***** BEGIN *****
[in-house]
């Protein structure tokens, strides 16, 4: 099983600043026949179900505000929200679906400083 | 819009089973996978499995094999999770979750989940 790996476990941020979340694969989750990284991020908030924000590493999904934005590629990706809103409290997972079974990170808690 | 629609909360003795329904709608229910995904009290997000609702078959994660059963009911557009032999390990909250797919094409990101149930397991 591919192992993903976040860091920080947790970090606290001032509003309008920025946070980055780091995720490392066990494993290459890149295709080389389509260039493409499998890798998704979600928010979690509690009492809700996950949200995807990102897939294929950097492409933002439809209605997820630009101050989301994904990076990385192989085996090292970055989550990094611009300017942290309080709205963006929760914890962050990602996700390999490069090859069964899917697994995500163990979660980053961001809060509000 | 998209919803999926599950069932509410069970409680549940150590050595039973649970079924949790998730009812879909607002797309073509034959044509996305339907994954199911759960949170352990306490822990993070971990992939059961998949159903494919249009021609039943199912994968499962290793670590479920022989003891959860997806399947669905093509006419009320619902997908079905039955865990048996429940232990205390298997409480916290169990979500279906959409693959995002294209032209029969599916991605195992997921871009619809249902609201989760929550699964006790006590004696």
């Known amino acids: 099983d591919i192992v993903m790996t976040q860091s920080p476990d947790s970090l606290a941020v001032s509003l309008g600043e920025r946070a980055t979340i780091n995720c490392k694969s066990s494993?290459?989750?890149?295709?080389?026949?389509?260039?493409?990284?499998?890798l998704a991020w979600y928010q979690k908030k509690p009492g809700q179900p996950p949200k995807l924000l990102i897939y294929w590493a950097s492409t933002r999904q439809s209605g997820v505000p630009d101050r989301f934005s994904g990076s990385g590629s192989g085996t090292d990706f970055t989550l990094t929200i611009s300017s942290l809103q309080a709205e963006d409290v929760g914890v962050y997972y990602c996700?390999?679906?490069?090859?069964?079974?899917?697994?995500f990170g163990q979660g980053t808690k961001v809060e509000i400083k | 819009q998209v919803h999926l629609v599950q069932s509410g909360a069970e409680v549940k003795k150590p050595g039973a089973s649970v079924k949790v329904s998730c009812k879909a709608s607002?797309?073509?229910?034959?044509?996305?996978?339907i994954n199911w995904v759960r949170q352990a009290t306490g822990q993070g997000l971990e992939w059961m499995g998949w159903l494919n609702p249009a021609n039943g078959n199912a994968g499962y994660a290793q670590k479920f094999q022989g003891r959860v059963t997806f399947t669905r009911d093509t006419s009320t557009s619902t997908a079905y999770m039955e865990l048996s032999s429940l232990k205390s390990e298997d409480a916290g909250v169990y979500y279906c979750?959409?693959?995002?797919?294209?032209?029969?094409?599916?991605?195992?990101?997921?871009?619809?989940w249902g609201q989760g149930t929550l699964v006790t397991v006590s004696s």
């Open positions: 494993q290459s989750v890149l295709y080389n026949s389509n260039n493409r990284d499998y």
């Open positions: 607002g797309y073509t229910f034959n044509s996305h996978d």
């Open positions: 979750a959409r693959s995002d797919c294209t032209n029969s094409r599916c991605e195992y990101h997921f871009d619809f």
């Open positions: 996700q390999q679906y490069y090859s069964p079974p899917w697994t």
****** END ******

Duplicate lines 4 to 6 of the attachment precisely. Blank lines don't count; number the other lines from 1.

């Open positions: 494993q290459s989750v890149l295709y080389n026949s389509n260039n493409r990284d499998y």
């Open positions: 607002g797309y073509t229910f034959n044509s996305h996978d």
């Open positions: 979750a959409r693959s995002d797919c294209t032209n029969s094409r599916c991605e195992y990101h997921f871009d619809f």